Yes. My sophomore English teacher also taught a speech class and he also ran the speech and drama team, which sometimes is also called forensics teams, which has nothing to do like forensics, you know police work. I don’t know why it’s called that, but it’s where we like to prepare different types of speeches. So sometimes it’s an actual written speech, sometimes it’s an original speech written by us. I would do more dramatic events, because I was an actor. So, I would do like a play cut into six minutes where I plat multiple characters, and that teacher ran that programme as well. He was the first person who I think I took note was an excellent listener, because he had this really confident, calm air. And had control over the classroom without working at it. So many teachers feel they have to get control through yelling or through being intimidating, and he was just very confident and cool. He was a cool teacher without being like a super young hippie teacher. He was kind of an older guy. He would listen to teenagers and whatever babble we had to say, and I think part of that was because he ran an extracurricular activity, so he was with us outside of a classroom setting where we were getting a grade.

I remember that he would really relate to teenagers and would really listen to what they had to say, as opposed to just be there to talk at them. His name was Mr. Thompson. When I was in school, mostly in high school not as much in college, I would record classes and then take notes later because at that time I wasn’t really using a computer on my own. It was sort of in that transitional period where some people had computers some people didn’t. So, I would record classes and then take the notes at home. So, I would listen to my classes twice. Many many years after high school, this is probably, I want to say four years ago so when I would’ve been 23, I was going through my bedroom at home at my parents house and found a tape from an old class that I had of his. Me listening to myself as a teenager is extremely painful because I feel I was a very kind of obnoxious teenager. While being a good listener I was also a very loud talker. And kind of in people’s face about it because I was sort of overcompensating for severe lack of confidence.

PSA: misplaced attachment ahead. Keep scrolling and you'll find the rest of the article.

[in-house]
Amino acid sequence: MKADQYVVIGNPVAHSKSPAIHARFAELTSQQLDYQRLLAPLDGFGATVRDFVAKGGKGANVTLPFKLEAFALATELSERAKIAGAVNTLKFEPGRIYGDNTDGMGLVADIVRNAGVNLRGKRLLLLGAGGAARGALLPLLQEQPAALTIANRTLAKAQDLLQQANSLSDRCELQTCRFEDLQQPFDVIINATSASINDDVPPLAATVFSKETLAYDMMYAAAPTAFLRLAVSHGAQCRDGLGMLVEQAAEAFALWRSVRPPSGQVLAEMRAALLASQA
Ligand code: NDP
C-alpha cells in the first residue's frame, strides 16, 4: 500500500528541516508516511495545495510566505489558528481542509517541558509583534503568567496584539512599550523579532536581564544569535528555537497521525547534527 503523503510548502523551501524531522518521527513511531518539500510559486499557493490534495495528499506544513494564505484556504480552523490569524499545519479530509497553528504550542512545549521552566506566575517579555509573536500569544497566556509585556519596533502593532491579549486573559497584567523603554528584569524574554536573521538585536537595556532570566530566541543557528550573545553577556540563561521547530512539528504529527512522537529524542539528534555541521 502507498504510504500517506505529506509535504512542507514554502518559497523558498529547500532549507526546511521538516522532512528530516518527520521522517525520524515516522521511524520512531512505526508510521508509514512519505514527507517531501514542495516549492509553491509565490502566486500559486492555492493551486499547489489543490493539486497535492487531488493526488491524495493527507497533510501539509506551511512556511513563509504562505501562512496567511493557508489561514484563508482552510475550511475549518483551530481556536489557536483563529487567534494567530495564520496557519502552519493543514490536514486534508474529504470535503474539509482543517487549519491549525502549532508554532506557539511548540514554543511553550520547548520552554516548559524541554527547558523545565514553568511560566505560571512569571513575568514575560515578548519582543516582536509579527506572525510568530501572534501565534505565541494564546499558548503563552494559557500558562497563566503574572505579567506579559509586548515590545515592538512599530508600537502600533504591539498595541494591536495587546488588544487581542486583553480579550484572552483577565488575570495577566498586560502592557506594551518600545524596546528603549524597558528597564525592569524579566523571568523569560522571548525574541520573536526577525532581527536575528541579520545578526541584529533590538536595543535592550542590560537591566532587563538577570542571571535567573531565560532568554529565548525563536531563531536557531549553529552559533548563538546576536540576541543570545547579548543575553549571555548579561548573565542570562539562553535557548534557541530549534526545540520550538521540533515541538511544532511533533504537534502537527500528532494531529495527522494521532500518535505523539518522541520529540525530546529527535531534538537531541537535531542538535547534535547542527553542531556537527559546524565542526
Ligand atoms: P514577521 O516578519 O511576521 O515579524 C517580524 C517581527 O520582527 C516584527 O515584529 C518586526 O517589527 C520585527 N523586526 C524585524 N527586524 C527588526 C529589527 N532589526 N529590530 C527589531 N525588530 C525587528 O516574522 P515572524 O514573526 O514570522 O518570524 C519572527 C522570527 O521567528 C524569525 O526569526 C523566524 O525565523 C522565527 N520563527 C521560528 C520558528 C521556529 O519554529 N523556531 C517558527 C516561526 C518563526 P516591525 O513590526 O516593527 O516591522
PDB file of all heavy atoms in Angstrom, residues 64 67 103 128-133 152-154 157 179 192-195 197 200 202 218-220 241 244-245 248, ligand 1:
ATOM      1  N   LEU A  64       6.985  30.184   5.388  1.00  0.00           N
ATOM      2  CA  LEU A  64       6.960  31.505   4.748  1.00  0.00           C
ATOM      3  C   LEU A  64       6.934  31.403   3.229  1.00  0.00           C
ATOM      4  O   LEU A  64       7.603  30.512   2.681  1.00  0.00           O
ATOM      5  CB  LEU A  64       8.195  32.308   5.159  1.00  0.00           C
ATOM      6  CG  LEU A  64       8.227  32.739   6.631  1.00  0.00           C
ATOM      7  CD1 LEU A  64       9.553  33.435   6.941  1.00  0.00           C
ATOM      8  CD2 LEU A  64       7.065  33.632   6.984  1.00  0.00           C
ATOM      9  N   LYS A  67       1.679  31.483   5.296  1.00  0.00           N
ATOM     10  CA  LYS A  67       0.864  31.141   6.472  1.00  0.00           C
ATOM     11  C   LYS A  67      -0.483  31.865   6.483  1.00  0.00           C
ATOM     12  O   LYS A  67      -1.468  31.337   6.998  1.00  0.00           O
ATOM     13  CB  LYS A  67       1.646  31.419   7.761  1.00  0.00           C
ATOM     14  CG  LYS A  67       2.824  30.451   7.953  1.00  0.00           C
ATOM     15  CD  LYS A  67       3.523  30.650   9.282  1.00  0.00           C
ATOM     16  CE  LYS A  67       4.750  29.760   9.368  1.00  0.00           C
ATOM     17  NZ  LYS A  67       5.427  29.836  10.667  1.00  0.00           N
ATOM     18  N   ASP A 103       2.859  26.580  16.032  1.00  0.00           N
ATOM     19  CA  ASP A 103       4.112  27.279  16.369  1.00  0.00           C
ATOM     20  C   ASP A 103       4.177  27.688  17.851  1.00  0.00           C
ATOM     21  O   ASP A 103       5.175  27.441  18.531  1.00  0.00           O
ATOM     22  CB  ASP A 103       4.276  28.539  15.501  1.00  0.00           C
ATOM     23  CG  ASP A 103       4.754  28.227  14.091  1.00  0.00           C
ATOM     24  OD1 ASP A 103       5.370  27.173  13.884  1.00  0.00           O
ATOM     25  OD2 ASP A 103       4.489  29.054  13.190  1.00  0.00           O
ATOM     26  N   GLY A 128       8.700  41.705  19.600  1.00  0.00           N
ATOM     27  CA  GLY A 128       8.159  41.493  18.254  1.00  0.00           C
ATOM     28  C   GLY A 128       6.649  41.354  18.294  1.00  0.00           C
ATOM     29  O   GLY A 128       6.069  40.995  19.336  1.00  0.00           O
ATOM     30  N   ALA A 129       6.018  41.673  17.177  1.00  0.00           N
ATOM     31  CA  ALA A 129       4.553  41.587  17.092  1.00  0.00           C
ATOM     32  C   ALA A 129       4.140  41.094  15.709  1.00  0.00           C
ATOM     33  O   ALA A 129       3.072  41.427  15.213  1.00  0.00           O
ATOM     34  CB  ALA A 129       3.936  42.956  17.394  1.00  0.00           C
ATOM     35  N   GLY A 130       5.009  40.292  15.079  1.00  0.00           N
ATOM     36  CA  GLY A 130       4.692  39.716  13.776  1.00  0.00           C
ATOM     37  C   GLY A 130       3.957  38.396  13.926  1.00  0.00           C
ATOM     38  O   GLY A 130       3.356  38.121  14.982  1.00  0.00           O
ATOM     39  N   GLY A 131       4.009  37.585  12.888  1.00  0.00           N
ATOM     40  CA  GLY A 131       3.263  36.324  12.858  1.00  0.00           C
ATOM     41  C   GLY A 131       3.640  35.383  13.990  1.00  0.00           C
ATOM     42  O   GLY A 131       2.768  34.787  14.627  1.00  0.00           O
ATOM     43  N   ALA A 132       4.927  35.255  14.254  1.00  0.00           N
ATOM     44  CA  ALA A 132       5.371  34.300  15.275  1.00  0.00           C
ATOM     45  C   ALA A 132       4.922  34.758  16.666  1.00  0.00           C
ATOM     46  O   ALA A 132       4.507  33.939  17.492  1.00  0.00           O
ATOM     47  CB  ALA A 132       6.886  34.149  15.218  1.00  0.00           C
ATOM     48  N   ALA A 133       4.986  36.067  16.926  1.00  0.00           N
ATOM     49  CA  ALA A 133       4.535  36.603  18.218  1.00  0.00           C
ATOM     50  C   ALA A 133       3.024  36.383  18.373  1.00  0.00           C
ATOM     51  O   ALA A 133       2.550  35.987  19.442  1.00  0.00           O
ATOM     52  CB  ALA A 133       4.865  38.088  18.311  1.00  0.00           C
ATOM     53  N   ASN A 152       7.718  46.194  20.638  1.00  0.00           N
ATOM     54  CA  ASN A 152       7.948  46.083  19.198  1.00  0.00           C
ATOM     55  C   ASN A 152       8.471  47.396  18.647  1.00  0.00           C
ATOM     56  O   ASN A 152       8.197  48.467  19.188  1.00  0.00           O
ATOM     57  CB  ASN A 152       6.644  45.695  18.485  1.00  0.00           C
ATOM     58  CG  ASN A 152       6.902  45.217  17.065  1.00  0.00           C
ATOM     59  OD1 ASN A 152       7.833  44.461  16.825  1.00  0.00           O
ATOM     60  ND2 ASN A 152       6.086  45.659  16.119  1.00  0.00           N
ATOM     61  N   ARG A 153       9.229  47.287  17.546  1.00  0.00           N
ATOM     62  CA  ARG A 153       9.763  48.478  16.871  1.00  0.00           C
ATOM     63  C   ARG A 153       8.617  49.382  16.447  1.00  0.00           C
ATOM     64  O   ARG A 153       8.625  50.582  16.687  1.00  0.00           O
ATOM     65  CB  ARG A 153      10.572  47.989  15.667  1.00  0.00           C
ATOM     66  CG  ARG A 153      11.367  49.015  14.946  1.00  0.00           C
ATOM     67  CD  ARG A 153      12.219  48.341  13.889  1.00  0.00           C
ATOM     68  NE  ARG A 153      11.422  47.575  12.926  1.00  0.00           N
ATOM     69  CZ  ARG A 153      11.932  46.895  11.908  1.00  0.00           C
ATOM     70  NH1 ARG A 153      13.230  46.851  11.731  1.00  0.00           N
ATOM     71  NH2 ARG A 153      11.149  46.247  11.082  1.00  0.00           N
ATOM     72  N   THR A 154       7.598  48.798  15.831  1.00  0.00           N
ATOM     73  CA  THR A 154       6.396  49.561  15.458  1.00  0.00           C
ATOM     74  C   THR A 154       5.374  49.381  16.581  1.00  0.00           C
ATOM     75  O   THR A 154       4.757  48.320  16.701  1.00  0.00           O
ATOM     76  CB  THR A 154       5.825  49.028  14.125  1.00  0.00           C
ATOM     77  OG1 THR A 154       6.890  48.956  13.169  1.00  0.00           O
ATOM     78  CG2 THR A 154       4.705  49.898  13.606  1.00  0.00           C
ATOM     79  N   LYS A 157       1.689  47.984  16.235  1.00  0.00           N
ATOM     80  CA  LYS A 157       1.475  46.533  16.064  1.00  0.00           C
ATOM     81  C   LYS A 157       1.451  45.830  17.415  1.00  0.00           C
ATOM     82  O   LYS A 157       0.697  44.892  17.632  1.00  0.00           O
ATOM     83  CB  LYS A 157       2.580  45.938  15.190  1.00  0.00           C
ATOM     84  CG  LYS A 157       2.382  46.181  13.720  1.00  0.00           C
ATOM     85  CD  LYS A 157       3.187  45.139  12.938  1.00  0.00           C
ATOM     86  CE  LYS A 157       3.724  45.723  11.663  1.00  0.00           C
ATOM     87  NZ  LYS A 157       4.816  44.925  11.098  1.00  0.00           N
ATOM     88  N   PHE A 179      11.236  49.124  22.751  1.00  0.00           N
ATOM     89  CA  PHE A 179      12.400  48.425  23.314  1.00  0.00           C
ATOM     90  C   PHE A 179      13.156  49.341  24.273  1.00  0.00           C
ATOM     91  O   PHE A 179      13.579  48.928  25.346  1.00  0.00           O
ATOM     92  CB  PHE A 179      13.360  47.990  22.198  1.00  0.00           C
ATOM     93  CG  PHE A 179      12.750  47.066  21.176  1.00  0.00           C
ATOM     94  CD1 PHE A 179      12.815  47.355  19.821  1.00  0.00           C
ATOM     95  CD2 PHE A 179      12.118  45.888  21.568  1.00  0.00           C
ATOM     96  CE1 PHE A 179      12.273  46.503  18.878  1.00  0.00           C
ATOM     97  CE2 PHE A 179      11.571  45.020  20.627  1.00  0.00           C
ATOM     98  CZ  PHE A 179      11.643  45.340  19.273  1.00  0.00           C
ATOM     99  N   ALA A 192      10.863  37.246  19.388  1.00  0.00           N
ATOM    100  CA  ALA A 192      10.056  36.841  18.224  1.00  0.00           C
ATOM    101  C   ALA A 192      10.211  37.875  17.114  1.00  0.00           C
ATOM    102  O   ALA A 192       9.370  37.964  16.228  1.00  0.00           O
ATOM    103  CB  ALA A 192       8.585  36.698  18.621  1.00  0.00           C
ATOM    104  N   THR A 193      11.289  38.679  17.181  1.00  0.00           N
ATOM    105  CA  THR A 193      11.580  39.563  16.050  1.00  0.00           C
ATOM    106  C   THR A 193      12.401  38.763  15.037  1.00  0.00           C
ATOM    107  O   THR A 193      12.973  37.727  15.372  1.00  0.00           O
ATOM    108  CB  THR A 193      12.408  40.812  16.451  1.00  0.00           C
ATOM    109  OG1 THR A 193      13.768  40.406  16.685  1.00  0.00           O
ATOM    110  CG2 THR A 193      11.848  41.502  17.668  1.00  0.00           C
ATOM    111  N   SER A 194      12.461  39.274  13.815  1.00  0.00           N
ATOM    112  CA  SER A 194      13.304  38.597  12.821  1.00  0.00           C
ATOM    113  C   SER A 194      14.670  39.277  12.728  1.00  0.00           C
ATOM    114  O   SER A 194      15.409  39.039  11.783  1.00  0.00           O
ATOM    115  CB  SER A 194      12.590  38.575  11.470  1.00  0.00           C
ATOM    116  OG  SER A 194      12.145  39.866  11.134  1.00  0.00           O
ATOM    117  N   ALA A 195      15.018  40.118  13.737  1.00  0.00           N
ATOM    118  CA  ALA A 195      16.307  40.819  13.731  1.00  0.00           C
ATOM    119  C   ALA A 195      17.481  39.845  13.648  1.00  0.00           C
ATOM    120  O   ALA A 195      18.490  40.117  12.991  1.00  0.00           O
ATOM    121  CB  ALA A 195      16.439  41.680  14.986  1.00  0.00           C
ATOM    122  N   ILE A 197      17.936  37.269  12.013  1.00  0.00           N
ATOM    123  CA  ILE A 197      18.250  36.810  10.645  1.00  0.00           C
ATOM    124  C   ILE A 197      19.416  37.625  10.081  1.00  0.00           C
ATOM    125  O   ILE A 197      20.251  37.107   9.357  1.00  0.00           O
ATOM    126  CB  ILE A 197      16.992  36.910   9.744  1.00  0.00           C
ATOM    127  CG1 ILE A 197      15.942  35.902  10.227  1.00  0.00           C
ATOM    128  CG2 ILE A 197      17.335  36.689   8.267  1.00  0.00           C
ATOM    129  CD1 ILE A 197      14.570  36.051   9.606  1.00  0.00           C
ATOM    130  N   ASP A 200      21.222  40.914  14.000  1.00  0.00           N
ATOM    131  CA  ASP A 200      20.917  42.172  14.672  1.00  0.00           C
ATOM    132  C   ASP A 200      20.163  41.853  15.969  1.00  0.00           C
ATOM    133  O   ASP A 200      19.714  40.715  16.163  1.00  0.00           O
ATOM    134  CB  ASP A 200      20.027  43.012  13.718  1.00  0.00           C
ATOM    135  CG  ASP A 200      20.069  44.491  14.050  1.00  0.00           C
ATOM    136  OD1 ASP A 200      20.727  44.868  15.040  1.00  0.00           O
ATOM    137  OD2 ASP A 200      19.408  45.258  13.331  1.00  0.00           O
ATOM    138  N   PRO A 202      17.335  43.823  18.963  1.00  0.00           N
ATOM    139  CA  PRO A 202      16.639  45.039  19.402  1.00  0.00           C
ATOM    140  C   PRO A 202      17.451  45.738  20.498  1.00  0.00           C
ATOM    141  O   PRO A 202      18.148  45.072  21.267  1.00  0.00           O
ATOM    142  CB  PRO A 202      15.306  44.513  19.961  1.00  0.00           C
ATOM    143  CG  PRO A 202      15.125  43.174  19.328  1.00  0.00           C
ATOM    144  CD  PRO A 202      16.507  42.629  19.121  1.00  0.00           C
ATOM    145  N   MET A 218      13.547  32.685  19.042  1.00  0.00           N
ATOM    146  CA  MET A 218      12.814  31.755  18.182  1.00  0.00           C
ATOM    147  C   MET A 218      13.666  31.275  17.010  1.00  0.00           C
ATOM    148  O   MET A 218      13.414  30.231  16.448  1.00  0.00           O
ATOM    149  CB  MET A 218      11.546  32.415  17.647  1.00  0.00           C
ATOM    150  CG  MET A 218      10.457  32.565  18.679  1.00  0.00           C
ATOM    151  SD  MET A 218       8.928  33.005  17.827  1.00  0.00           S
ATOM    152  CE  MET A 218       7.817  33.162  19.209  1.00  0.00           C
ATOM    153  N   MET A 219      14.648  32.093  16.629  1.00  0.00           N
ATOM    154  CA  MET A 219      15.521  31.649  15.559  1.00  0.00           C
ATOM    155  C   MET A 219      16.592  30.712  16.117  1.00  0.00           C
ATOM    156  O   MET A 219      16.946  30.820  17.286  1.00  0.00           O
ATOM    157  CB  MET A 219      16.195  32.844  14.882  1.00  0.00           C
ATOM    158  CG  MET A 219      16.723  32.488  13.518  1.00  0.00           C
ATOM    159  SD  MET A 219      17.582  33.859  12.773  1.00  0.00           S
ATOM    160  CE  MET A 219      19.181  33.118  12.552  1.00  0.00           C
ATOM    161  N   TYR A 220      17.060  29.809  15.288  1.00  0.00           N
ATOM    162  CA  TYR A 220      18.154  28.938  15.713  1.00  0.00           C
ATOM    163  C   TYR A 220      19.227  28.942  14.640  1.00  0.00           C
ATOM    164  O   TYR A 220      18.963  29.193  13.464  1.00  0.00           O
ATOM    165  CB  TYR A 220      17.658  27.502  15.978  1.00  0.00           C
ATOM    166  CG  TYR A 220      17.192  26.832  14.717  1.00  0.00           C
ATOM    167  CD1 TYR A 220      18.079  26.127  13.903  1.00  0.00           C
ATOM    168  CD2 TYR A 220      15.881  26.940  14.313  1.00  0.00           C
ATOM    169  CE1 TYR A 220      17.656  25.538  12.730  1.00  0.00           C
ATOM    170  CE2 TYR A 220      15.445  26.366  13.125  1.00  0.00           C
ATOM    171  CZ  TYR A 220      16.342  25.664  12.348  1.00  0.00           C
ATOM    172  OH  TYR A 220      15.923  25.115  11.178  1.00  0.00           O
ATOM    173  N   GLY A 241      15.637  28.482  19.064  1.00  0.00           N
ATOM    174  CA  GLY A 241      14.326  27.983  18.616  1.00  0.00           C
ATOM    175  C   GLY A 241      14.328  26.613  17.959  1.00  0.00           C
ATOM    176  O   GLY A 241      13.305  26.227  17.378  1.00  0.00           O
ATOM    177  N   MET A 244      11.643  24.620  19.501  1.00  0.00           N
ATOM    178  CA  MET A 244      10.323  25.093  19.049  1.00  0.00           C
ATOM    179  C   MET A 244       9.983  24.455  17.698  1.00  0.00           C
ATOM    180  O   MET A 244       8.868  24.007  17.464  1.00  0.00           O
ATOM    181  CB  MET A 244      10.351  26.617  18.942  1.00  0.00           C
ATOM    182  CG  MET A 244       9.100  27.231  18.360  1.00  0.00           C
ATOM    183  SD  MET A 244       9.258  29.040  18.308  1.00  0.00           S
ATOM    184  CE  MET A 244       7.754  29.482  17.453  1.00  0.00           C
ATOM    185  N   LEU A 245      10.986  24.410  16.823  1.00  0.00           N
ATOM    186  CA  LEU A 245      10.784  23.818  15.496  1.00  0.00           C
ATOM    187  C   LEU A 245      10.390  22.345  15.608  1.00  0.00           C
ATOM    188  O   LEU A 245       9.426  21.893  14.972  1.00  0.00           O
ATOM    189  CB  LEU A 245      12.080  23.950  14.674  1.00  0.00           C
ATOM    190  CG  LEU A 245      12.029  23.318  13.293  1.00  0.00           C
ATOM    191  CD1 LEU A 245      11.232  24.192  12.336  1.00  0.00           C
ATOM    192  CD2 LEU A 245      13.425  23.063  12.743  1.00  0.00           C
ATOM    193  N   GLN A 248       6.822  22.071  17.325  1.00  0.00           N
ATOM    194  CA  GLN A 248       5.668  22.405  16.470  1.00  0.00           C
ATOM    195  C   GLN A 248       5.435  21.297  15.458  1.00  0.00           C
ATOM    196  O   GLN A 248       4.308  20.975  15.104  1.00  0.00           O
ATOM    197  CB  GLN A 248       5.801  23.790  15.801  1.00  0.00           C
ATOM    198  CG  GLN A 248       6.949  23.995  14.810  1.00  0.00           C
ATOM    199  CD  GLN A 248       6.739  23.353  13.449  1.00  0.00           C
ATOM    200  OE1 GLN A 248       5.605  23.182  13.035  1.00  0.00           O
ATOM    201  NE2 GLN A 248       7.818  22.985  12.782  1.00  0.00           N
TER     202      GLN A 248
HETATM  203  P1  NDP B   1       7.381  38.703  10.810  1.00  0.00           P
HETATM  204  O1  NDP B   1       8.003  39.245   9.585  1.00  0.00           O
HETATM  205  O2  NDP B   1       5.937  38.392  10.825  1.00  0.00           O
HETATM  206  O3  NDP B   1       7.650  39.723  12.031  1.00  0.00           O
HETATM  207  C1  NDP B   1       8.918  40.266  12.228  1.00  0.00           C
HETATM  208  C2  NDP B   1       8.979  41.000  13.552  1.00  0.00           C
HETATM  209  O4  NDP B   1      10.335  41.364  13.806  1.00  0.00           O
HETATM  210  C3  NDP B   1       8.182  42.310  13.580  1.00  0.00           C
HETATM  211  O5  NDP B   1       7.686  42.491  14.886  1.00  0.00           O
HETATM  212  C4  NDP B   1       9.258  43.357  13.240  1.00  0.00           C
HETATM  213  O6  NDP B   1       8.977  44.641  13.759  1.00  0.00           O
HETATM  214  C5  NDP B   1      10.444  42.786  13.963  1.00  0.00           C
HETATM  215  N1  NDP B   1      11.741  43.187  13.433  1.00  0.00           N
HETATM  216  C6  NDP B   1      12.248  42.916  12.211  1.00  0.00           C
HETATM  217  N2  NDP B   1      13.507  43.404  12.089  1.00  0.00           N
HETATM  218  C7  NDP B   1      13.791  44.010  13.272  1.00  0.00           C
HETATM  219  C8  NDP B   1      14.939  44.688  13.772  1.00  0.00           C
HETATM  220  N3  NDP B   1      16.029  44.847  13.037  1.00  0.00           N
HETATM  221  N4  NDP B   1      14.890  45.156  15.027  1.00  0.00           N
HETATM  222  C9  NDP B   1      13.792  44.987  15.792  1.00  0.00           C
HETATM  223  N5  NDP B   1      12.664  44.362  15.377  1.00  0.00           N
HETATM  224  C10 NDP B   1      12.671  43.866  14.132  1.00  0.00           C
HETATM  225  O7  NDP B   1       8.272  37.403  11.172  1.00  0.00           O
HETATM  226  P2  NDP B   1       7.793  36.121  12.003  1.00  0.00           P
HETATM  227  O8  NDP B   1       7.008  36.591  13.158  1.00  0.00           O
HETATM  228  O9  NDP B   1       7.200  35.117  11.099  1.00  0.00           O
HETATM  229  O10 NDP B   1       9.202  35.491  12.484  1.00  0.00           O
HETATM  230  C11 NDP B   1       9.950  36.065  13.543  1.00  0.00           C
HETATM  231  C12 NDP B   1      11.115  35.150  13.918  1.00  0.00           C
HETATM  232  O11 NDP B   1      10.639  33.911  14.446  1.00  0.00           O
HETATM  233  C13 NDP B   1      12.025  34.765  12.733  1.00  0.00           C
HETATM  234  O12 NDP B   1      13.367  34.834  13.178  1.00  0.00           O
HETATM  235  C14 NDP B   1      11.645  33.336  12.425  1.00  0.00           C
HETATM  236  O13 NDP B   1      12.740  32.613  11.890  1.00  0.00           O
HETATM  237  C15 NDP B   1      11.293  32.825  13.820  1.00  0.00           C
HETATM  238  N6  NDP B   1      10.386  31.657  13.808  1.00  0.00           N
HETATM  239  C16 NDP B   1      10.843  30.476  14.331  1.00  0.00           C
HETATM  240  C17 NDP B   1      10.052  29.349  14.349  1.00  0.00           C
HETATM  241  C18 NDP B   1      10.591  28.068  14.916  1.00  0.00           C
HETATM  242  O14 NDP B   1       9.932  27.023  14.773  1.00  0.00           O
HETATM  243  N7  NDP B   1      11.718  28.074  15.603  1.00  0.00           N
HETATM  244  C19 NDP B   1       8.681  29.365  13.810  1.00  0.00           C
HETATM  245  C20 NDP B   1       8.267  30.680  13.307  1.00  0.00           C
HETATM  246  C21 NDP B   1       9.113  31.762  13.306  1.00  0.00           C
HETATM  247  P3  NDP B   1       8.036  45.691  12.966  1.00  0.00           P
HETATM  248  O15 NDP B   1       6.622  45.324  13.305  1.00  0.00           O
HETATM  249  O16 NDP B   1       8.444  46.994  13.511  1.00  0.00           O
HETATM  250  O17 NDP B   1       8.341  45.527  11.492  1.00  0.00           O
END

I remember listening to that tape and I don’t even remember specifically what I said, but talking about some girl who was coming to visit the school who had been in our class but transferred and was jus like prattling on about this girl. And Mr. Thompson was listening to every word I was saying and saying, “Oh yeah I heard she was coming,” and “Oh that’s so nice I hope I get to see her.” As opposed to being like, just brushing me off and saying, “Yeah yeah yeah I heard,” where I think some other teachers might not have been as receptive to my teenage prattle.

Oscar Trimboli:

When did you start to notice differences in voices?

Sammi Grant:

I think I… it’s something I did unconsciously as a child, was to other voices and take in different sounds in the world, but I didn’t really consciously start noticing it and focusing on it until my last couple years of high school. When I started thinking about what I wanted to do with my life. I knew I wanted to be an actor. I was told that my voice was my best quality as an actor, so I started noticing other people’s voices and their vocal storytelling because I couldn’t take in physical storytelling, excuse me, as much obviously. So, I started noticing, watching older actors in my school or just on TV or film or in plays and how they used their voices to tell stories, and how I could emulate that.